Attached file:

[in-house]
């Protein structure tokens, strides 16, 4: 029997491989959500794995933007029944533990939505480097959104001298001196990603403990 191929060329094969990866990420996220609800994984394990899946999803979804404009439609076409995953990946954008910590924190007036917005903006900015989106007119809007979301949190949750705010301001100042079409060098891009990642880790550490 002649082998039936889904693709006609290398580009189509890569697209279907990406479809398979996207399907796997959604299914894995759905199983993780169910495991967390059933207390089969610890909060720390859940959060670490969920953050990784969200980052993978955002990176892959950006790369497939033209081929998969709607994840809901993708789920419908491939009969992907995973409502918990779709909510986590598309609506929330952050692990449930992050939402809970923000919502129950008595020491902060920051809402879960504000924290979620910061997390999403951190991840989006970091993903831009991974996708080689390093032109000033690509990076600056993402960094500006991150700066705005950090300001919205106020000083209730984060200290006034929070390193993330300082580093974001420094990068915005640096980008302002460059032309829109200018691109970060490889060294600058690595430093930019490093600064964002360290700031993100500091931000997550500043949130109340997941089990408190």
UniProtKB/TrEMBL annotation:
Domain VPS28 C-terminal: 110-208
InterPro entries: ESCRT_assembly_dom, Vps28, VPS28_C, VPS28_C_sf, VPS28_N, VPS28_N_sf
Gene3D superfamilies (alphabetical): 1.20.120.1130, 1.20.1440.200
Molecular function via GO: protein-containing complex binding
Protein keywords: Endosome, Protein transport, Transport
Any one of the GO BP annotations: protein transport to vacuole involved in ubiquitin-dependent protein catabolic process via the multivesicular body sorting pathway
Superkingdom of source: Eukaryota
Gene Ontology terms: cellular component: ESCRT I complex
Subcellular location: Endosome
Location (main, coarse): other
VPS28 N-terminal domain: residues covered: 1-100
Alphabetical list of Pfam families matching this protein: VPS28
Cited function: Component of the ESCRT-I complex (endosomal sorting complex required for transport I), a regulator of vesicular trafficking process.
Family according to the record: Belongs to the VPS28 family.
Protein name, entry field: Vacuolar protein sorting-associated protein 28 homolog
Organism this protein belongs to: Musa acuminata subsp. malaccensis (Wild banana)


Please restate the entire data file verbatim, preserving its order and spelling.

[in-house]
């Protein structure tokens, strides 16, 4: 029997491989959500794995933007029944533990939505480097959104001298001196990603403990 191929060329094969990866990420996220609800994984394990899946999803979804404009439609076409995953990946954008910590924190007036917005903006900015989106007119809007979301949190949750705010301001100042079409060098891009990642880790550490 002649082998039936889904693709006609290398580009189509890569697209279907990406479809398979996207399907796997959604299914894995759905199983993780169910495991967390059933207390089969610890909060720390859940959060670490969920953050990784969200980052993978955002990176892959950006790369497939033209081929998969709607994840809901993708789920419908491939009969992907995973409502918990779709909510986590598309609506929330952050692990449930992050939402809970923000919502129950008595020491902060920051809402879960504000924290979620910061997390999403951190991840989006970091993903831009991974996708080689390093032109000033690509990076600056993402960094500006991150700066705005950090300001919205106020000083209730984060200290006034929070390193993330300082580093974001420094990068915005640096980008302002460059032309829109200018691109970060490889060294600058690595430093930019490093600064964002360290700031993100500091931000997550500043949130109340997941089990408190």
UniProtKB/TrEMBL annotation:
Domain VPS28 C-terminal: 110-208
InterPro entries: ESCRT_assembly_dom, Vps28, VPS28_C, VPS28_C_sf, VPS28_N, VPS28_N_sf
Gene3D superfamilies (alphabetical): 1.20.120.1130, 1.20.1440.200
Molecular function via GO: protein-containing complex binding
Protein keywords: Endosome, Protein transport, Transport
Any one of the GO BP annotations: protein transport to vacuole involved in ubiquitin-dependent protein catabolic process via the multivesicular body sorting pathway
Superkingdom of source: Eukaryota
Gene Ontology terms: cellular component: ESCRT I complex
Subcellular location: Endosome
Location (main, coarse): other
VPS28 N-terminal domain: residues covered: 1-100
Alphabetical list of Pfam families matching this protein: VPS28
Cited function: Component of the ESCRT-I complex (endosomal sorting complex required for transport I), a regulator of vesicular trafficking process.
Family according to the record: Belongs to the VPS28 family.
Protein name, entry field: Vacuolar protein sorting-associated protein 28 homolog
Organism this protein belongs to: Musa acuminata subsp. malaccensis (Wild banana)